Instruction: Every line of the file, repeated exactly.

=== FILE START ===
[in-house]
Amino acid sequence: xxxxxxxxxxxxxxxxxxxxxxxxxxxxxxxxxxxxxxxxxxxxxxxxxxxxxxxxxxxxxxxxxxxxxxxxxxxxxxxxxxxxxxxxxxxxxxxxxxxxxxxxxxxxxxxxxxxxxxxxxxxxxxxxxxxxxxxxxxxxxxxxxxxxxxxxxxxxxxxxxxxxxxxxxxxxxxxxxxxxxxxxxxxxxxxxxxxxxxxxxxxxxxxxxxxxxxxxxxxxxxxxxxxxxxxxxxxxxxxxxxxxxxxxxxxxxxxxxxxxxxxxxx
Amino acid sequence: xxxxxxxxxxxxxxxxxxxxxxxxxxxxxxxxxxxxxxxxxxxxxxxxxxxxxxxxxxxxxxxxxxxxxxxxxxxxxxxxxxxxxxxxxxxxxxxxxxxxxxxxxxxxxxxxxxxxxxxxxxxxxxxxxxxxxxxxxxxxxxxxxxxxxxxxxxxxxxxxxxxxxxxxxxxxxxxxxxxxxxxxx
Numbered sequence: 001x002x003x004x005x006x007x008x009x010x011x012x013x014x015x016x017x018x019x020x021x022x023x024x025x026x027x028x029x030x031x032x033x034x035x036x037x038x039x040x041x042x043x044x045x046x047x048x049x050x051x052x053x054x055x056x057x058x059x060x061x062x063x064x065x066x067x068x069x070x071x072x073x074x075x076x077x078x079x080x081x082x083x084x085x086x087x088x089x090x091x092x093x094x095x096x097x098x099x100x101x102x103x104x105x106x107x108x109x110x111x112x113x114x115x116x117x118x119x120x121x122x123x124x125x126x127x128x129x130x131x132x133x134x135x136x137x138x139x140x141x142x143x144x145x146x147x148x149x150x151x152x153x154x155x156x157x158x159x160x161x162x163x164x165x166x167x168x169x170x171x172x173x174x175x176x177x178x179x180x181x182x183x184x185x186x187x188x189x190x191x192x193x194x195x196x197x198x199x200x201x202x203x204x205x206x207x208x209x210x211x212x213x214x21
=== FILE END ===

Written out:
[in-house]
Amino acid sequence: xxxxxxxxxxxxxxxxxxxxxxxxxxxxxxxxxxxxxxxxxxxxxxxxxxxxxxxxxxxxxxxxxxxxxxxxxxxxxxxxxxxxxxxxxxxxxxxxxxxxxxxxxxxxxxxxxxxxxxxxxxxxxxxxxxxxxxxxxxxxxxxxxxxxxxxxxxxxxxxxxxxxxxxxxxxxxxxxxxxxxxxxxxxxxxxxxxxxxxxxxxxxxxxxxxxxxxxxxxxxxxxxxxxxxxxxxxxxxxxxxxxxxxxxxxxxxxxxxxxxxxxxxx
Amino acid sequence: xxxxxxxxxxxxxxxxxxxxxxxxxxxxxxxxxxxxxxxxxxxxxxxxxxxxxxxxxxxxxxxxxxxxxxxxxxxxxxxxxxxxxxxxxxxxxxxxxxxxxxxxxxxxxxxxxxxxxxxxxxxxxxxxxxxxxxxxxxxxxxxxxxxxxxxxxxxxxxxxxxxxxxxxxxxxxxxxxxxxxxxxx
Numbered sequence: 001x002x003x004x005x006x007x008x009x010x011x012x013x014x015x016x017x018x019x020x021x022x023x024x025x026x027x028x029x030x031x032x033x034x035x036x037x038x039x040x041x042x043x044x045x046x047x048x049x050x051x052x053x054x055x056x057x058x059x060x061x062x063x064x065x066x067x068x069x070x071x072x073x074x075x076x077x078x079x080x081x082x083x084x085x086x087x088x089x090x091x092x093x094x095x096x097x098x099x100x101x102x103x104x105x106x107x108x109x110x111x112x113x114x115x116x117x118x119x120x121x122x123x124x125x126x127x128x129x130x131x132x133x134x135x136x137x138x139x140x141x142x143x144x145x146x147x148x149x150x151x152x153x154x155x156x157x158x159x160x161x162x163x164x165x166x167x168x169x170x171x172x173x174x175x176x177x178x179x180x181x182x183x184x185x186x187x188x189x190x191x192x193x194x195x196x197x198x199x200x201x202x203x204x205x206x207x208x209x210x211x212x213x214x21